Some senators became very powerful and wealthy, by accepting directorships of companies ( at one point during the 90s, 24 senators collectively held on more than 100 directorships...the senate handled a lot of private bills that affected businesses). The line between their senate functions and their business responsibilities became very blurred and it is only now that these practices have come under scrutiny.
The investigation into Duffy, Wallin, Brazeau housing, travel and other expenses has opened up a Pandora's box and the entire senate membership ( even those who have retired) are being subjected to close scrutiny by the Auditor General and many are facing legal problems, so much so that the RCMP have been called in to check into the "expenses" of at least 9 with 30 more senators likely to be included. It a messy embarrassment.
This was all brought about by the excessive housing and travel claims. At the heart of it is residency. Senators are expected to be resident of the province which they represent, but when Harper appointed Duffy ( who had been living and working in Ontario, specifically in Ottawa, since the 70's and this was well known) as a senator from PEI and he claimed that his principal residence was PEI which he rarely visited ( he did make some travel claims for funeral and birthday), the jig was up and was made worse when a cheque for $90,000 was given by one of Harper's chief adviser to Duffy. Other senators were drawn in, when the Auditor General was asked to investigate.
There is now renewed call to abolish the Senate from many and especially the NDP (which has never had any senators and had always questioned the usefulness of the senate). This will be almost impossible to do as the consent of all the provinces would be needed. Quebec is on record as being totally opposed and others have shown no inclination to reopen a constitutional debate ( especially after the 1995 Charlottetown Accord was defeat.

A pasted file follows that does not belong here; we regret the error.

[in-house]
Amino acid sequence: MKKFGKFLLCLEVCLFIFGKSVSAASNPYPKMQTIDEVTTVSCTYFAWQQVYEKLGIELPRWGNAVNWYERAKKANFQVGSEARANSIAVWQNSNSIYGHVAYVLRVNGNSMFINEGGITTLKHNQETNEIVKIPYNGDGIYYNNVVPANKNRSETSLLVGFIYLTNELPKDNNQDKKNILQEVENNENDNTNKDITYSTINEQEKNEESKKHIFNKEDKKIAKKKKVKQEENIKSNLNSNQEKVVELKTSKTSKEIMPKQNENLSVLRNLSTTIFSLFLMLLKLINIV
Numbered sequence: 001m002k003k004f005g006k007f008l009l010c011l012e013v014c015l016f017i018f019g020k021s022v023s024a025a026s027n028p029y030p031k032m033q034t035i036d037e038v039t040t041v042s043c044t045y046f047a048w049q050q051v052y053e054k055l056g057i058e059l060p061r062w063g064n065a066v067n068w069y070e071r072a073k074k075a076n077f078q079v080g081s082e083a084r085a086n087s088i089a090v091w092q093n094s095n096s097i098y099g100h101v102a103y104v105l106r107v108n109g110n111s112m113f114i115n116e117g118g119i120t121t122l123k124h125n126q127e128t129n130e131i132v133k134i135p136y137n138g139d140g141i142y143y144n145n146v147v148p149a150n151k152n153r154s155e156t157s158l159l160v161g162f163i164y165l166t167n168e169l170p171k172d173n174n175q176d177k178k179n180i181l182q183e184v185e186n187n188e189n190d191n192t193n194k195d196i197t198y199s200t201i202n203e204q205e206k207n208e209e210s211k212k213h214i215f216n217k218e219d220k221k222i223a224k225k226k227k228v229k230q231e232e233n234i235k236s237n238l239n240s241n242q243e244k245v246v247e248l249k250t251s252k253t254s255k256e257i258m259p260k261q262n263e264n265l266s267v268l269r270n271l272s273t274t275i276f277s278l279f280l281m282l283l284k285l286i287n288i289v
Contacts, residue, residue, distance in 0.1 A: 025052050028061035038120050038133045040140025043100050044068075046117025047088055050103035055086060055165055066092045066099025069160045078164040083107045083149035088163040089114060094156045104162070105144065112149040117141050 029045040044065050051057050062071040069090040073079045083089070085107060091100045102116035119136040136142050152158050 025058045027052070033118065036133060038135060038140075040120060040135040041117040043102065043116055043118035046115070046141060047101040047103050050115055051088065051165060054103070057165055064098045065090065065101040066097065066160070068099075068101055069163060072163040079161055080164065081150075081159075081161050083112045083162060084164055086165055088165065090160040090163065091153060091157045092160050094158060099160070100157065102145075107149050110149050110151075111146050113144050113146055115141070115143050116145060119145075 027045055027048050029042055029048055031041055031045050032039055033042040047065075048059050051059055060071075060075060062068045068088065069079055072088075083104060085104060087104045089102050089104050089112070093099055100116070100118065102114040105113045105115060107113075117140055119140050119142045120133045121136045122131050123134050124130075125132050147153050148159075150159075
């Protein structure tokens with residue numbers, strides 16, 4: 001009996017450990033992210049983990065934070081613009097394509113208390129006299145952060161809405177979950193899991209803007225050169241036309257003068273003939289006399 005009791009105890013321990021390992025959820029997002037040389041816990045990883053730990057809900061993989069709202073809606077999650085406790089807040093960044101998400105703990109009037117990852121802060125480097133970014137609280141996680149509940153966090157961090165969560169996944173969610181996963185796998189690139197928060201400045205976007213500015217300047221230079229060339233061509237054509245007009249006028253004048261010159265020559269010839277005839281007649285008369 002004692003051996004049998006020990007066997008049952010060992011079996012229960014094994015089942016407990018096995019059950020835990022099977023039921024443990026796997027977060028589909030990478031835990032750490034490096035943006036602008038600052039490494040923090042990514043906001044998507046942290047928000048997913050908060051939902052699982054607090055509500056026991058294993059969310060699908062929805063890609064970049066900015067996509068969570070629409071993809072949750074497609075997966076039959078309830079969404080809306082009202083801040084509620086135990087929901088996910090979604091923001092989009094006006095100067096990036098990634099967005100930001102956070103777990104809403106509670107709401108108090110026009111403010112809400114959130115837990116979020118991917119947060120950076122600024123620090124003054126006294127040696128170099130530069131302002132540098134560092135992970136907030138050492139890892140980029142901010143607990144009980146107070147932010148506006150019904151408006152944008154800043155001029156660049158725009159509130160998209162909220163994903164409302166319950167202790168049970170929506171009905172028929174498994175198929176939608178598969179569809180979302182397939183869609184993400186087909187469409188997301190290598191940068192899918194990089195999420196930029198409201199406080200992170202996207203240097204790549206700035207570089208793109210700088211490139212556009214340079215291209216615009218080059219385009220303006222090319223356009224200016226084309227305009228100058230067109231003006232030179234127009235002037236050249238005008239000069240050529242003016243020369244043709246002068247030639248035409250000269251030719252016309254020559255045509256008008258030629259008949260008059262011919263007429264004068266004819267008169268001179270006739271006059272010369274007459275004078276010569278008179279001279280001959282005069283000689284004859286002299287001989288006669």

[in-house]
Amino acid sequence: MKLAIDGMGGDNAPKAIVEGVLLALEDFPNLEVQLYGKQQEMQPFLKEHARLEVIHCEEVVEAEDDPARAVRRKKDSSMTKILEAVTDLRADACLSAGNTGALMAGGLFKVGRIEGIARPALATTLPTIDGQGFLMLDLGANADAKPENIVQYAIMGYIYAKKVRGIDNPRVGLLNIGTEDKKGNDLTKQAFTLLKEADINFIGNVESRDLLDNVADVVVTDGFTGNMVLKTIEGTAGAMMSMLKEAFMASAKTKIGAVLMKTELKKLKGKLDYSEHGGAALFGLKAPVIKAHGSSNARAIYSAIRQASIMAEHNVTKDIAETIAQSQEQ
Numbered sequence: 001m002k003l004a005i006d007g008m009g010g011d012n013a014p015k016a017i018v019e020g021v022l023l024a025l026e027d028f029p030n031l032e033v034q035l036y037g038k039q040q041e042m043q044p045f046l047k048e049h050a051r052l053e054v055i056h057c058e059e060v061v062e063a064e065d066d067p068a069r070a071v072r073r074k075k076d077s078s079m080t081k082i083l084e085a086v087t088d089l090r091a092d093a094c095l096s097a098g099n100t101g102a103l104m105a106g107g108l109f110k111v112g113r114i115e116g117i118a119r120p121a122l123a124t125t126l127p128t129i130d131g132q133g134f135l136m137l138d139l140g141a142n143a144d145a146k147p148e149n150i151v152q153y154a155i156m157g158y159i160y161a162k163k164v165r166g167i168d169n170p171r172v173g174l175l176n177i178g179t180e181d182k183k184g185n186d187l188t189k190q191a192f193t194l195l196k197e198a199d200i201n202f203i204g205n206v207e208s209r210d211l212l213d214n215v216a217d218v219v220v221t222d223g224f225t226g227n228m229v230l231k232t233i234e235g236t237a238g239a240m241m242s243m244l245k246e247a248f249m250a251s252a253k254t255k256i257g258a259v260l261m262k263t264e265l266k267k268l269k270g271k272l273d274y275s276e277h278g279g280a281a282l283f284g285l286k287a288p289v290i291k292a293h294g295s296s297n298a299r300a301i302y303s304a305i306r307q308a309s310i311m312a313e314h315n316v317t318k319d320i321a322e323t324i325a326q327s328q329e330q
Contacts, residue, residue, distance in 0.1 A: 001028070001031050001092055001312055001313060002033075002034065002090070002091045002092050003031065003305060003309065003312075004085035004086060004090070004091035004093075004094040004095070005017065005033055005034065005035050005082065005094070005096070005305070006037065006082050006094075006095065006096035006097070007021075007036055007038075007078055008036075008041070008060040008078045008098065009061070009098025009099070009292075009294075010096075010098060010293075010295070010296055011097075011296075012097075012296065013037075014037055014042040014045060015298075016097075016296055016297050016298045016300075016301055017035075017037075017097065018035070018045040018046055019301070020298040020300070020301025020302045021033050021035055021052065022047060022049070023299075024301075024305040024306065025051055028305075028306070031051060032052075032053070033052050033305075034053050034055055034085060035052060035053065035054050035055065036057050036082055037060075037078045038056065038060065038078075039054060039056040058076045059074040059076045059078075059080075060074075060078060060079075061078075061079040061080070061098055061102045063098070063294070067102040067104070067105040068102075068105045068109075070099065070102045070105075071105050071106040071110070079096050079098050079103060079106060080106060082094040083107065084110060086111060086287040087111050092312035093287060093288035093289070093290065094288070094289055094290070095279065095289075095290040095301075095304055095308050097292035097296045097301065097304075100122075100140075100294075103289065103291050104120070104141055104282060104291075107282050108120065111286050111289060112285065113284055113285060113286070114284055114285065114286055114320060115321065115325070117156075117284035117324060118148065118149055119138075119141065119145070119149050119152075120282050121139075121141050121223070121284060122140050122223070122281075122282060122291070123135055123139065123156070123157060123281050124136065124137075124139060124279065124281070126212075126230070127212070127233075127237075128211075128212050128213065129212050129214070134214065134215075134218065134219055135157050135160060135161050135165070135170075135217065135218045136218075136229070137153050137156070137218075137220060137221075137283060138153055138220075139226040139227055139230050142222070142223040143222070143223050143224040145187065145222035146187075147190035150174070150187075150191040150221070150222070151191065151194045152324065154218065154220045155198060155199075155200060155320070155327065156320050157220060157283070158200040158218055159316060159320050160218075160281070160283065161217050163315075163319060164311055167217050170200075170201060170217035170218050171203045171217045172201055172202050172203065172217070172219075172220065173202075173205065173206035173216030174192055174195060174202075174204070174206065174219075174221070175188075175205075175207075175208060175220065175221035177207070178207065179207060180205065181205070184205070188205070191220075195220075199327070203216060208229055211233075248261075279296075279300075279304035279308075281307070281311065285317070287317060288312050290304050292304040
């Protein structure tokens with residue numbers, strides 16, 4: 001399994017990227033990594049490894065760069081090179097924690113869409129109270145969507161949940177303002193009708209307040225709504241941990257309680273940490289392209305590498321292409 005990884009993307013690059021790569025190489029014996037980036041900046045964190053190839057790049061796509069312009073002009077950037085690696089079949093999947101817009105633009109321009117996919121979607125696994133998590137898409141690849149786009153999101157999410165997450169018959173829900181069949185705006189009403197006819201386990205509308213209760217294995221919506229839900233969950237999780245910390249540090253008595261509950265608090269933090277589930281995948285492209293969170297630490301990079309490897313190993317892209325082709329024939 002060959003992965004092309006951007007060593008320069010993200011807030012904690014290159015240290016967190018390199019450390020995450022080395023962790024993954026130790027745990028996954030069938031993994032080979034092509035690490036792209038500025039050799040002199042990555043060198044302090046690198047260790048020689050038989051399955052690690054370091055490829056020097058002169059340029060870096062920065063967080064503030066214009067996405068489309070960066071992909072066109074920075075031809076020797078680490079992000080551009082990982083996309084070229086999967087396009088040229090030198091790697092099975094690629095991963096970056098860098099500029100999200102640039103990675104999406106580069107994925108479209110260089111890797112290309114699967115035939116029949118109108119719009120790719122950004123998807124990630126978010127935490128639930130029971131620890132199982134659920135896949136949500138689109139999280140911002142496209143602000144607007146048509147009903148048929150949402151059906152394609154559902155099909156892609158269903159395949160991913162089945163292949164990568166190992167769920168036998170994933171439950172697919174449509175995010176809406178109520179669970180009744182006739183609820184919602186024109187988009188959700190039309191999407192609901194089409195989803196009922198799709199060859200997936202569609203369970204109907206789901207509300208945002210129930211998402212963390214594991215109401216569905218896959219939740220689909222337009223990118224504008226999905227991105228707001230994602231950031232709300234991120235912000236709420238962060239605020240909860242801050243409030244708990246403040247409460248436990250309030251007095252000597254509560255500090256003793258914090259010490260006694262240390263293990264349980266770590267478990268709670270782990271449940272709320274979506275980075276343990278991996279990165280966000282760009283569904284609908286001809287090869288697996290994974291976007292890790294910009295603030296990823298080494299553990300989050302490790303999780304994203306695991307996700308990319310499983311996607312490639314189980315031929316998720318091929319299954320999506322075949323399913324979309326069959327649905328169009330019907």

Reform is needed and this can be done with the consent of 7 provinces, representing at least 50% of the population. There have been many suggestions, including electing senators ( this is opposed because it may cause a US-type gridlock); then there is the Triple E idea of the former Reform Party....equal, elected and effective.....Quebec will not agree to this and neither will PEI but the other 8 may be willing but may have demands of their own); there is the German model, where the upper house...the Bundesrat is chosen by the landers/states, in proportion to their population.
Will there still be interest after the present furor is over? What if there is a change of government?. The NDP is clear that it wants changes, even abolition and may be willing to talk to the provinces. The Liberals, like their leader is dithering and the REF/CONS are saying nothing.
This is Canada and here , we usually set up a commission to study things and then shelve the reports.